As we practiced the Lean kata, we determined that one of our largest obstacles to delivering predictable business value was technical debt. Technical debt is defined by Technopedia as a “concept in programming that reflects the extra development work that arises when code that is easy to implement in the short run is used instead of applying the best overall solution. That is, it implies that restructuring existing code (refactoring) is required as part of the development process.”
Technical debt was causing our operations teams to have to spend more time completing workarounds for prior development, rather than providing new value to the business. We again brought in consultants to hold workshops to help us determine how to eliminate existing technical debt and avoid creating new technical debt.
For the workshop, we focused on a single operations team. We were surprised to find that 47 percent of the development performed fell under what we considered technical debt. However, the consultant team helped us determine that what we were calling technical debt was actually failure demand. Failure demand is a concept identified by occupation psychologist and author Professor John Seddon as “demand caused by a failure to do something or do something right for the customer.” Seddon makes the distinction between failure demand and value demand, which is what the service exists to provide. Failure demand represents a common type of waste found in service organizations.
For us, failure demand was caused during larger projects when a decision was made to release prior to all features being developed — despite knowing that workarounds or extra effort would be needed by the team supporting the feature. The decisions usually were based on time or budget constraints. Most of what we were referring to as technical debt ended up being failure demand.
The focus of our improvement efforts was to reduce failure demand on the operation teams by freeing up capacity We also worked closely with our project teams to identify where technical debt and failure demand were originating. We partnered with the business to ensure that it was fixed during the project and not left as a burden for our operation teams. In the end, spending extra time on failure demand during a project allowed our operation teams to provide more value features to the business and to reduce our total cost of ownership.
By focusing on Lean, we were able to:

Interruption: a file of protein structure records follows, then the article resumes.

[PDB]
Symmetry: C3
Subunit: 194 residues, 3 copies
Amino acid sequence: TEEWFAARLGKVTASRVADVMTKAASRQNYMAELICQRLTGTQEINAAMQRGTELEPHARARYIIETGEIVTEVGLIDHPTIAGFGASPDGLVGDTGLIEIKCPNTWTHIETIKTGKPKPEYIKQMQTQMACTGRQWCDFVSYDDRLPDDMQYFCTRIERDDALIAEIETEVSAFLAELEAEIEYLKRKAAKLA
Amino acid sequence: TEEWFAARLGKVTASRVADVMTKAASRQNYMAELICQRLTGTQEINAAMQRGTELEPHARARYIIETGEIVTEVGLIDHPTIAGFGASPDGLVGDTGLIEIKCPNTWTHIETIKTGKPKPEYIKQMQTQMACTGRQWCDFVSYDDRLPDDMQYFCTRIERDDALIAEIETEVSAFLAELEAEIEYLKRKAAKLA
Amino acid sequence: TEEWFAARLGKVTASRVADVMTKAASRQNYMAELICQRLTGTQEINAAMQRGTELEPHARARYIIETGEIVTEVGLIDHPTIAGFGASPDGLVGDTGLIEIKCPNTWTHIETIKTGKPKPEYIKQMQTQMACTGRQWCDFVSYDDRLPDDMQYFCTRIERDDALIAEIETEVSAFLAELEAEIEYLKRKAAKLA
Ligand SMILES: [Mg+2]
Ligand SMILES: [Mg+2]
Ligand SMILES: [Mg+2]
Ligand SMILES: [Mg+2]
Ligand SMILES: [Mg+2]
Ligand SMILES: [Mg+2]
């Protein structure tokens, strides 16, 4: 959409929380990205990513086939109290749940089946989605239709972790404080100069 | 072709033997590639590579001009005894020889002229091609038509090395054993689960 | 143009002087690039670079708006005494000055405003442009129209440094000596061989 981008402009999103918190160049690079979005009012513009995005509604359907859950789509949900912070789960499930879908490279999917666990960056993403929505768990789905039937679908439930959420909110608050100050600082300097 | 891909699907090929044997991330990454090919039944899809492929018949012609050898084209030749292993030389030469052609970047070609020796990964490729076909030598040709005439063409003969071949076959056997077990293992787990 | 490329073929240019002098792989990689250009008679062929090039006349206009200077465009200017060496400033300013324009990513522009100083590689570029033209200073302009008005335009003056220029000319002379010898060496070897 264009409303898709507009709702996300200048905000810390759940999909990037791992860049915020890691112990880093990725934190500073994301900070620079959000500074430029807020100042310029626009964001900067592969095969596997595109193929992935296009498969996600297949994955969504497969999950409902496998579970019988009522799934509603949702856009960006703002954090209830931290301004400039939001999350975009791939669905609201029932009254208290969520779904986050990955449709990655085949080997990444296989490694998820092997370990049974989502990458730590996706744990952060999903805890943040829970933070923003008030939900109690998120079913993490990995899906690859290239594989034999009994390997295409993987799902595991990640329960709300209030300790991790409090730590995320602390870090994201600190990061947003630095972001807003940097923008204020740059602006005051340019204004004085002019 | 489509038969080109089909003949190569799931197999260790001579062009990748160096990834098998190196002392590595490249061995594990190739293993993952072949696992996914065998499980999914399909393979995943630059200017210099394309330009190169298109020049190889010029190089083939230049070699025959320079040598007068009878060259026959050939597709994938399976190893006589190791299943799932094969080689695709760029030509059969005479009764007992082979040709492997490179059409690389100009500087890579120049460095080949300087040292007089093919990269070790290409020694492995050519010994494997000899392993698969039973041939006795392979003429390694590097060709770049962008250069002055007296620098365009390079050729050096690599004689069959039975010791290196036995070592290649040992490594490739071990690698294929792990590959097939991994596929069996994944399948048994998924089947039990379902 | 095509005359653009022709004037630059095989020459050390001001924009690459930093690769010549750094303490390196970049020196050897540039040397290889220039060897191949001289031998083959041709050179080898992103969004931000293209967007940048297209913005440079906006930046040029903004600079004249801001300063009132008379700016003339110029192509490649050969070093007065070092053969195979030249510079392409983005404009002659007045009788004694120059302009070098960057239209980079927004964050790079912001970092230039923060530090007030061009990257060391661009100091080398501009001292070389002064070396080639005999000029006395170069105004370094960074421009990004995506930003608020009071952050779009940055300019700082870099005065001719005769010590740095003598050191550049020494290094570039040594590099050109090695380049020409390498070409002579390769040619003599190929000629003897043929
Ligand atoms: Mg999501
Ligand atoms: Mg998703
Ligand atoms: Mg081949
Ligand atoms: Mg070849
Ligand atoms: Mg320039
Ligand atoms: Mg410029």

To top it off, now groups outside of IT are asking for our support for improvement efforts. However…
1. ScrumMasters: Tracking work progress, making the work visible and facilitating regular “a coaching sessions was challenging for teams that did not have ScrumMasters.
– ScrumMasters are our smaller teams of two or three people, generally in system administrator roles.
– The ScrumMasters facilitated a workshops to help these teams make their work visible so they could generate CFDs. They are not participating in the regular coaching sessions.
2. Leadership support: It was 14 difficult for our leadership team to reprioritize their time to champion the effort.
– Top-down support was vital to the success of our Lean effort.
3. Making the call: Determining the necessity and ability to track incidents across the teams’ value streams.
– We needed to find a way to represent the emerging keep-the- lights-on work to have the full picture of where the teams were spending their time.
– We decided not to include incidents in our throughput calculations, since the work didn’t provide new value or features to the business.
4. Missing metrics: Calculating each team’s current state was challenging because we were not tracking our work in the way needed to calculate our metrics.
– The initial team metrics took a lot of effort because we wanted our current conditions to be based on 1 8 weeks of data (six sprints).
– Upgrading our Agile project management software provided the custom reporting we needed to automate the effort.
5. Standardize workload: Tracking throughput with different-sized stories/features
– We observed a lot of benefits from teams that were able to standardize the size of each story/feature that they worked on.
6. Lack of effective coaches: Improvements with Lean are driven by quality coaching interactions versus the quantity of interactions. Good coaches are a must to be successful.
We consider our Lean efforts to be a success. Our focus on continuous improvement supported the predictable delivery of business value in a department where predictability was difficult. We encourage others to try the approach that worked for us and expect that they will derive as much value as we did.